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Resp Fund

exam 4

what is indicated by central and peripheral cyanosis ALWAYS ABNORMAL.
define the thoracic deformities that are characterized by abnormal anterior protrusion of the sternun barrel chest and is associated with emphysema.
abnormalties practitioner should be on the lookout for during inspection of the extremities
define stridor loud, high-pitched sound, sometimes can be heard without a stethescope
what the presence of a stridor indicates the upper airway is compromised. in children, laryngomalacia is the most common cause of chronic stridor
central cyanosis indicates decreased oxygen in the entire pool of blood. always a sign of hypoxemia; central respiratory failure
peripheral cyanosis cyanosis in the digits. poor blood flow. when capillary blood flow is poor, tissues extract more O2 lowering the venous O2 content and raising the amount of reduced Hb. usually cool to touch
cyanosis becomes visible when the amount of unsaturated Hb in the capillary blood exceeds 5-6 g/dl. reduction in either arterial or venous oxygen content or both
cyanosis respiratory disease reduces arterial oxygen content. a bluish dicoloration of the tissues.
central cyanosis bluish discoloration around the lips and in the oral mucosa of the mouth
lymphadenopathy enlarged lymph nodes. infections, malignancy, sarcoidosis.
pectus carinatum abnormal protrussion of the sternum
pectus excavatum depression of part or the entire sternum, which can produce a restrictive lung defect.
kyphosis spinal deforminty in which the spine has an abnormal AP curvature
scoliosis spinal deformity in which the spine has a lateral curvature
kyphoscoliosis combination of kyphosis and scoliosis, which may produce a severe restrictive lung defect as a result of poor lung expansion
barrel chest when the anteroposterior(AP) diameter increase, the normal 45-degree angle of the articulation between the ribs and spone is increased, becoming more horizontal. very classic obstructive lung disease.
stridor is associated with external/inspiratory pressure in airway decreases/ obstruction to the neck
wheezing is associated with expiratory obstruction to the airway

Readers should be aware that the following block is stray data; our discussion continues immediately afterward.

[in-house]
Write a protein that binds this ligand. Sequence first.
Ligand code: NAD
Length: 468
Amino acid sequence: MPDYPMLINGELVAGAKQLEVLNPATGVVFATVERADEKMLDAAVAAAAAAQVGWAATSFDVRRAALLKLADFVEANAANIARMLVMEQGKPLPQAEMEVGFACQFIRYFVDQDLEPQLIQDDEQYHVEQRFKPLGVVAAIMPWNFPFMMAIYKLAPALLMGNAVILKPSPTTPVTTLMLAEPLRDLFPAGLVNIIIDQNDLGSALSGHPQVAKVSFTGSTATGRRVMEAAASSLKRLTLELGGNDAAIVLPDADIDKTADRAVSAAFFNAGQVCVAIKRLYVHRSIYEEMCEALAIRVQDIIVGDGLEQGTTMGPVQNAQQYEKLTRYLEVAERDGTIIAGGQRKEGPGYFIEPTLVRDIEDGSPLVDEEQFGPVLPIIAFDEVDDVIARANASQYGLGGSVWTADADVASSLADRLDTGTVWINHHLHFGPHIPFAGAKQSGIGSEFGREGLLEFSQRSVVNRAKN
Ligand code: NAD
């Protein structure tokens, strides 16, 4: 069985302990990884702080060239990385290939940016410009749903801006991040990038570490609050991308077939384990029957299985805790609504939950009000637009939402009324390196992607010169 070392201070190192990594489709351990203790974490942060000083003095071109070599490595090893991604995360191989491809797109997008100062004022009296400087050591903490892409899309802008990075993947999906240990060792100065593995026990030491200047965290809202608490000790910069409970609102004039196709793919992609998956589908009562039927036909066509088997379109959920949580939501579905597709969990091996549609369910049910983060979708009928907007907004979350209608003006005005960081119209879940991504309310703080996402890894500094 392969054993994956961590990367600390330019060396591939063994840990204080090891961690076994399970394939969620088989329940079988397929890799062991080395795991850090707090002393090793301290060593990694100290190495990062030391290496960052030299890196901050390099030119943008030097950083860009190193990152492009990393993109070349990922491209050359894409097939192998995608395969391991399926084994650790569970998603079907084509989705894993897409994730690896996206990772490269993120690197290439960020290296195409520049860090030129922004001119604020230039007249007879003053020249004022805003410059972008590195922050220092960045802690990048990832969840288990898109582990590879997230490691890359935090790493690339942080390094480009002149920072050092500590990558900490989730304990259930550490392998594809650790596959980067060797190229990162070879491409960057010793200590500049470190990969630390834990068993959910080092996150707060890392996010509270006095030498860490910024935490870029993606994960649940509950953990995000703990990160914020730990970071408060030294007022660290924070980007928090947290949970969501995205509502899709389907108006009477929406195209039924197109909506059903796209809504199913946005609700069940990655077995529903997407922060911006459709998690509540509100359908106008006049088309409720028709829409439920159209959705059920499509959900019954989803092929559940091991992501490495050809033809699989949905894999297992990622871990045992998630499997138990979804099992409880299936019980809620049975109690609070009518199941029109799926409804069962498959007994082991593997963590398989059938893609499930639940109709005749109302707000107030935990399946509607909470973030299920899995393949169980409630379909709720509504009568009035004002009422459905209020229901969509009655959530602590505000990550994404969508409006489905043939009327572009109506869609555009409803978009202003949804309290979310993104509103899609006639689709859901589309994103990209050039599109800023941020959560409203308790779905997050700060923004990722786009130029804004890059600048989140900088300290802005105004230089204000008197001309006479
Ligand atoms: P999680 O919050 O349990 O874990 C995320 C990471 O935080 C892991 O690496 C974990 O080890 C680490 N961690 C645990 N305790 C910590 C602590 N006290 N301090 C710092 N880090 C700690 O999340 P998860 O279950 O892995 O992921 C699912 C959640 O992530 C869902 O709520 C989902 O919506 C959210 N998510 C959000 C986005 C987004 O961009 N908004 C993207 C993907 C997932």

define the characteristics of plueritic chest pain usually located laterally or posteriorly. worsens with deep breath. sharp, stabbing type pain. membranes around the lung. lines inner chest wall
examples of plueritic chest pain inflamed lung, pneumonia, pulmonary embolism
define the characteristics of nonpleuritic chest pain located in the center of the anterior chest and may radiate to the shoulder or back.it is NOT affected by breathing. dull ache or pressure type pain.
common causes of nonpleuritic chest pain angina, coronoary artery occlusion, gastroesophageal reflux, esophageal spasm, chest wall pain, gallbladder diseas
list which elements during medical history-taking, would be considered pertinent when reviewing the resp system family history, cough, history of present illness, frequency are duration on symptom, sputum, hemoptysis, chest pain, shortness of breath, hoarseness, dizziness, fever, peripheral edema,
identify the proper position related to the structure that should be observed on examination of a normal patient's neck, and the cause of deviation sseen during inspection and palpation nof the neck. trach & JVP; trach is middle of the neck.
describe what is indicated by activity of the accessory muscles of ventilation at rest
give the term used for AP and lateral curvature of the spine barrel chest & scoliosis
You notice during inspiration your patient's chest wall moves "out" while the abdomen tends to be drawn "in". Which term would you use in charting this observation and give a cause
What is the term used to describe difficult breathing in the reclining position? orthopnea
In patients with chronic resp disease, what does pedal edema indicate?
While observing a patient's breathing, you note that the depth and rate first increase, then decrease, followed by a period of apnea. Which term would you use in charting this observations? Cheyne-Stokes respiration
What are the common abnormalties indentified during inspection of the fave in patients with resp disease? nose flaring (acidosis & hypoxemia) cyanosis, pursed lip breathing
What is the name of the upper portion of the sternum that articulated with the first and second ribs and the clavicle? manibruim
What is the name of the external landmark that identifies the point where the trachea branches into two main-stem bronchi? at the angle of Louis or Stemalangle
The use of pursed lip breathing during exhalation would be most common among patients with what conditions? COPD, emphysema
What term is used to describe coughing up bloody sputum? hemoptysis
High-pitched, loud, tubular breath sounds with an expiratory component equal to the inspiratory component best describes which breath sounds? bronchial breath sounds
Soft, muffled sound heard mainly during inspiration over the peripheral lung parenchyma best describes what breath sounds? vesicular breath sounds
What term best describes a loud, high-pitched continous sound heard(often with the unaided ear) primarily over the larynx or trachea during inhalation in patients with upper airway obstruction? stridor
What is the deformity characterized by an abnormal depression of part of all of the sternum? pectus excavatum
A diabetic patient admitted to the emergency room is breathing quickly and deeply. Which term would you use in charting this observation?? Kussmaul breathing
Inspiratory crackles in patients without excess secretions are most commonly associated with? when collapsed airways pop open during inspiration.
Created by: 1197414121